“JG-11 had changed the landscape of pulses production in south India,” says A Amarender Reddy, principal scientist, Indian Agricultural Research Institute (IARI). Another reason behind this shift from north to south was a pest. “The attack of pod borer pest is frequent in the Indo-Gangetic plain and causes major losses. Scientists are still trying to find a way to deal with it,” says C Bharadwaj, scientist at IARI’s Pulse Research Centre.
Increasing production of pulses in the country can happen either by increasing land under pulses cultivation or by using better quality seeds. But there are major structural issues and demand-supply gaps (see ‘Seed deficit’). The problem begins with the assessment of seeds required by the states. This is done at the panchayat level by an agriculture officer. But their assessments are mostly a rehash of the assessments done in previous years. So on the basis of these incorrect assessments, the states place their orders with the National Seeds Corporation of India (NSCI). When farmers are supplied with seed varieties they don’t wish to grow, they resort to sowing seeds they had saved from previous year’s yield.
Studies say that new seeds should be sown every three years or the yield goes down. This seed replacement ratio (SRR) in the country is currently more than five years. “These assessments are made three years in advance. For instance, the assessment for 2019 will be made in 2016. States need to stick to their plans to get a good produce,” says S S Singh, head of Crop Improvement Division at the Indian Institute of Pulses Research (IIPR).
There is another major reason—centralised seed production. States in India had their own seed farms catering to regional demands. But these were making losses and were merged with NSCI in 2013, which now supplies seeds to all the states in the country.
Experts say that though seed production has increased threefold in the past eight years, there still is a shortage of 50,000 tonnes of seeds. Sanjeev Gupta, director, National Project on Pulses Seeds, IIPR, says that only a decentralised model of seed production is suited for a country as large and climatically diverse as India.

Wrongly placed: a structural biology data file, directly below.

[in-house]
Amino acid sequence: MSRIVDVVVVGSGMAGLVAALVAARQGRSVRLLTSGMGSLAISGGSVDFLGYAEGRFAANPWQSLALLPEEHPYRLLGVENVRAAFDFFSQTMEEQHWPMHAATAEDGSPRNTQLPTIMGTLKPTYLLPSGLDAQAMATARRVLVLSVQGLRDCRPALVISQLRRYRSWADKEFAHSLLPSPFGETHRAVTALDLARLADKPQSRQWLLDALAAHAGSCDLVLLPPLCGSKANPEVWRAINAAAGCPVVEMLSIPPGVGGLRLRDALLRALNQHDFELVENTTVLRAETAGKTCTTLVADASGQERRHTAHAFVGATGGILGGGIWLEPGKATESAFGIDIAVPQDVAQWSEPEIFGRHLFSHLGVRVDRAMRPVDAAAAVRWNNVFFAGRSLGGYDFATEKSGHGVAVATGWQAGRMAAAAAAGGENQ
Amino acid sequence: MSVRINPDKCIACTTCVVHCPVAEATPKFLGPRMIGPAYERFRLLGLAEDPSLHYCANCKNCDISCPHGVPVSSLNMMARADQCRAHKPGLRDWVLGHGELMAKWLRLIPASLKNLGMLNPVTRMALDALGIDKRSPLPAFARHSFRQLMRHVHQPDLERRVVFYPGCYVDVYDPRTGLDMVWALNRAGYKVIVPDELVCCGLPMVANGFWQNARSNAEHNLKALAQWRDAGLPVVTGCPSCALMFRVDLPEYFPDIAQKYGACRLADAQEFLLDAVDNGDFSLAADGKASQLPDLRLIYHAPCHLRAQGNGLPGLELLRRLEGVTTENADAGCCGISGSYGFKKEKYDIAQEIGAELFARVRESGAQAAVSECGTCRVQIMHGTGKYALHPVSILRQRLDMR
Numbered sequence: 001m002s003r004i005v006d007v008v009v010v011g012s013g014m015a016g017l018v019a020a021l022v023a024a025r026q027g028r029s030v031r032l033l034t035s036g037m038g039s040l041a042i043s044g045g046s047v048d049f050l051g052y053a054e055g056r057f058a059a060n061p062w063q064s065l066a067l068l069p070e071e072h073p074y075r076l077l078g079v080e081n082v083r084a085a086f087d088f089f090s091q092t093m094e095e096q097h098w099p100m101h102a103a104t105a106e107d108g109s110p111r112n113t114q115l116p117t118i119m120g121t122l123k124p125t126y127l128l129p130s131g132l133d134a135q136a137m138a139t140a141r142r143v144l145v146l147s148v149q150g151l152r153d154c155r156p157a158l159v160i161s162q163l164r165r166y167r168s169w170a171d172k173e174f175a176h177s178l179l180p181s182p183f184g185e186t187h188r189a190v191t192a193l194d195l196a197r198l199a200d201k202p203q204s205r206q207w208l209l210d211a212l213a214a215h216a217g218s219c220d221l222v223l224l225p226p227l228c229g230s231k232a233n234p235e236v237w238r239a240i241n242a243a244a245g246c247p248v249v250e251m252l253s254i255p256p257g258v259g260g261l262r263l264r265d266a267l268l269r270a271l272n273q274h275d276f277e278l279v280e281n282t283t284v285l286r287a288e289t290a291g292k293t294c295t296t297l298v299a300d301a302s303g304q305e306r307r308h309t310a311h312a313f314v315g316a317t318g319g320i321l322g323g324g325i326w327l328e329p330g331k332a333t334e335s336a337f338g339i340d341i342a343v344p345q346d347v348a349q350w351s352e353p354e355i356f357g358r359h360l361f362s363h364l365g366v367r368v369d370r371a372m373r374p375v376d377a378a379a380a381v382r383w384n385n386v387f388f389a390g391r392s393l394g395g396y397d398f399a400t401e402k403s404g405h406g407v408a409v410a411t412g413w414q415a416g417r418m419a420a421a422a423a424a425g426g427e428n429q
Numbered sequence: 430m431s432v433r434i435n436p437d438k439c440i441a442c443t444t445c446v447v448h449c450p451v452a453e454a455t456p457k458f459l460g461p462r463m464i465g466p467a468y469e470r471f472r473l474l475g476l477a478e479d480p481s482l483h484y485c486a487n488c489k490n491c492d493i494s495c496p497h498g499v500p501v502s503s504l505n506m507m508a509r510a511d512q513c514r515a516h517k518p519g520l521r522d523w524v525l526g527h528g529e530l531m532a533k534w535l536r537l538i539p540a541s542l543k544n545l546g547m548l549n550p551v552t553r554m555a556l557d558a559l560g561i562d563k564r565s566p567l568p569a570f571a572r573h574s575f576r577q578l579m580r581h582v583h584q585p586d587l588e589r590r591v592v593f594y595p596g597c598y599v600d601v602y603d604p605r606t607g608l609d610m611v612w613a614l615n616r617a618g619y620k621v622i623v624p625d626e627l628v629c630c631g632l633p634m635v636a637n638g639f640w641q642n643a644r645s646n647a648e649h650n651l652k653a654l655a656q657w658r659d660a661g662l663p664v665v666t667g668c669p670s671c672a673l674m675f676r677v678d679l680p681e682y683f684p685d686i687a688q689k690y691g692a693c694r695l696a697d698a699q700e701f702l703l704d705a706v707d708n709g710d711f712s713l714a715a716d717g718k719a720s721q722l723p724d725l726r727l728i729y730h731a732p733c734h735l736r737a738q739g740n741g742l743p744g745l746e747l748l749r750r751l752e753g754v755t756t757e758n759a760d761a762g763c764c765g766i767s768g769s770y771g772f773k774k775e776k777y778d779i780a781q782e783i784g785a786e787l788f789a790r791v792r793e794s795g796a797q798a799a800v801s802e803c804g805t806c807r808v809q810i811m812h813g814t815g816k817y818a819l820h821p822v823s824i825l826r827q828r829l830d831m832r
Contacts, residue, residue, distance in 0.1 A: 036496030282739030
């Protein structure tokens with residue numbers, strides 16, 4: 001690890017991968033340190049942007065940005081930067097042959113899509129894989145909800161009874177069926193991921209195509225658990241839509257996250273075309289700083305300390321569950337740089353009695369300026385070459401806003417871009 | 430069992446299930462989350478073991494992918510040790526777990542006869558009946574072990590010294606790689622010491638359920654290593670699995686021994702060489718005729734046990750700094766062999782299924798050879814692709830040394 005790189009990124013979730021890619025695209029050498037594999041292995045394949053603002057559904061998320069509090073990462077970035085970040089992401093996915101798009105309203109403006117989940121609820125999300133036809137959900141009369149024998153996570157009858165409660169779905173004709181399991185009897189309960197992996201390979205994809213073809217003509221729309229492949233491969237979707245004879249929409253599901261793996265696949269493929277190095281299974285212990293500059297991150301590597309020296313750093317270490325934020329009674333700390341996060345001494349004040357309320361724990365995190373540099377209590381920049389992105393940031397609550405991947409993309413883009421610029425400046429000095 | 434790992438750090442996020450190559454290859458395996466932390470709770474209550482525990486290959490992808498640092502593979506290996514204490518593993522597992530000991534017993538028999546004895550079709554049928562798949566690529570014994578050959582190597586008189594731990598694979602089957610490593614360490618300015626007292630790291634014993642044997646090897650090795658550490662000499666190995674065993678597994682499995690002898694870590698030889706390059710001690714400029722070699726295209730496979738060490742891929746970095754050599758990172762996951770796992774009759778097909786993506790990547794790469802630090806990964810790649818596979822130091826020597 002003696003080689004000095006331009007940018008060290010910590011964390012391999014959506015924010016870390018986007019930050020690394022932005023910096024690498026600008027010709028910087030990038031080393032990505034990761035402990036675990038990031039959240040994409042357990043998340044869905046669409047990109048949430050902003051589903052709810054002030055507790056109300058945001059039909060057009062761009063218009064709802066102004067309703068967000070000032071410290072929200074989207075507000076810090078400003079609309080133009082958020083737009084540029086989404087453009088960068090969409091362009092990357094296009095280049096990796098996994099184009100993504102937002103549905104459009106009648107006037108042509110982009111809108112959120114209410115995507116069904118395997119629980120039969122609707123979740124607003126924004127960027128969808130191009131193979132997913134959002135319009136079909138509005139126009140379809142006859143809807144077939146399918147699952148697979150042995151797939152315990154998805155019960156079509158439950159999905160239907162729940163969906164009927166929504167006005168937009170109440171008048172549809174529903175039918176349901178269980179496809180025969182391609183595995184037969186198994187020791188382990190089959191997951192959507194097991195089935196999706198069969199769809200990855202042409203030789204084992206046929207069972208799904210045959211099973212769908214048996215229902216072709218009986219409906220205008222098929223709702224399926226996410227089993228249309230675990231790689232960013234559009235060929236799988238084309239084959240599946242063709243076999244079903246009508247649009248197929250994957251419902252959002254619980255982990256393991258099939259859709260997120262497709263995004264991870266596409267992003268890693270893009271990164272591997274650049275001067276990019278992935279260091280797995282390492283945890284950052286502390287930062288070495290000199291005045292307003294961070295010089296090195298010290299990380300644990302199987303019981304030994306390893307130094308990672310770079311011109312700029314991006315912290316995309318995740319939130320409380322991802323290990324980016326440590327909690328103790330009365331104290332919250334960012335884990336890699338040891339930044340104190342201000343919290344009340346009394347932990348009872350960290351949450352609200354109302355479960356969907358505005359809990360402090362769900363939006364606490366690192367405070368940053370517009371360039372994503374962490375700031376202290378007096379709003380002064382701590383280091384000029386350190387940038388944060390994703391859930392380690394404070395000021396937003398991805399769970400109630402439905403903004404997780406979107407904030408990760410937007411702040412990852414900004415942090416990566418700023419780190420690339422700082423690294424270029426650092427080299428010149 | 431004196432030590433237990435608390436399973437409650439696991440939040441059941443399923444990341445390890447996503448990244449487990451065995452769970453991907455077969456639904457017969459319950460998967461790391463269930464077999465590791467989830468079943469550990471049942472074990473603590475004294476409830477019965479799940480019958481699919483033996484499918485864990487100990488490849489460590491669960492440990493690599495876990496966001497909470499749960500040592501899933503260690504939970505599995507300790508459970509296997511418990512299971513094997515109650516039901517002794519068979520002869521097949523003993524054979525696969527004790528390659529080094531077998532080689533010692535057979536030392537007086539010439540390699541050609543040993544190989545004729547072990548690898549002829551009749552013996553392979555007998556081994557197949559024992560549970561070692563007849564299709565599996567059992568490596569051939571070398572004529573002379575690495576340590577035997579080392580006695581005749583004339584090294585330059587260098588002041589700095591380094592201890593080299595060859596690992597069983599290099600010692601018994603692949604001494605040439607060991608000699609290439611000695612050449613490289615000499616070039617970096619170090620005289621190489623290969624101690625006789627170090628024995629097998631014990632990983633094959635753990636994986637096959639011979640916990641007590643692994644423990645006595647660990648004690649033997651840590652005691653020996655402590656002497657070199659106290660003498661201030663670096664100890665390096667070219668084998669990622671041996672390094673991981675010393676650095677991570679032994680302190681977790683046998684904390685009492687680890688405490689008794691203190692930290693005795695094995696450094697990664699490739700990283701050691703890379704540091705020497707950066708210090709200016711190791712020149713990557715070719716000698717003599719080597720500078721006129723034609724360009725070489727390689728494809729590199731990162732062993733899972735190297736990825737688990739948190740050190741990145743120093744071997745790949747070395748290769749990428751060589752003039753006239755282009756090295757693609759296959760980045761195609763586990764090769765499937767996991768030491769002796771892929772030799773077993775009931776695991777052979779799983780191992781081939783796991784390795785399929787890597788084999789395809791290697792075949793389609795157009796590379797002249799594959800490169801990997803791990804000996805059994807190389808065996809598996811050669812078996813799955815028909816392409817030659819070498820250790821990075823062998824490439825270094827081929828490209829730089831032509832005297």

But all hope is not lost. India can substantially increase its area under pulses and across the country. Experts say that between the rabi and kharif seasons there is a window of opportunity (October-December) to cultivate short-duration pulses. “India has 6.7 million ha of rice fallow land (land that has been left uncultivated after the rabi crop of rice) which can be used to grow pulses. This is already being done in West Bengal, where chickpea and lentils are being grown. We need more short-duration varieties,” says Bharadwaj.
To replicate such cropping patterns, the government needs to make production of pulses lucrative. Unlike rice and wheat, the government does not procure pulses, leaving farmers dependent on the vagaries of the market. “If the government decides to start procuring pulses, it would give a big boost to production. It should be made a part of the public distribution system (PDS),” says A Narayanmurthy, professor, Alagappa University, Tamil Nadu. However, Ramesh Chand, director, National Institute of Agricultural Economics and Policy Research, says that every problem cannot be solved through public procurement. “The government should think of encouraging private players and contract farming, and provide competitive markets for pulses like it does for milk.”
S N Pandey, former scientist who works with Delhi-based non-profit Development Alternatives, says that the market supply chain of pulses is quite long and unorganised—farmer to small traders, commission agents, wholesale dealers and retailers before reaching consumers. “In this process, the profit margin of farmers shrinks. This needs to be looked into,” he adds.
Apart from a long supply chain, Reddy raises another important issue. He says that in the past three years, the government has been ordering import of pulses in the months of July and August. The delivery takes around three-four months. When the imports arrive in November-December, the market is already flooded with pulses produced domestically. This brings down the prices and the farmers suffer. If we face crop losses in March-April, like it happened this year, the import order should be placed immediately after the loss. “If the government does not devise a proper strategy, farmers will shift to other crops. This is already happening in Andhra Pradesh, where farmers growing chickpea have shifted to cotton farming,” says Reddy.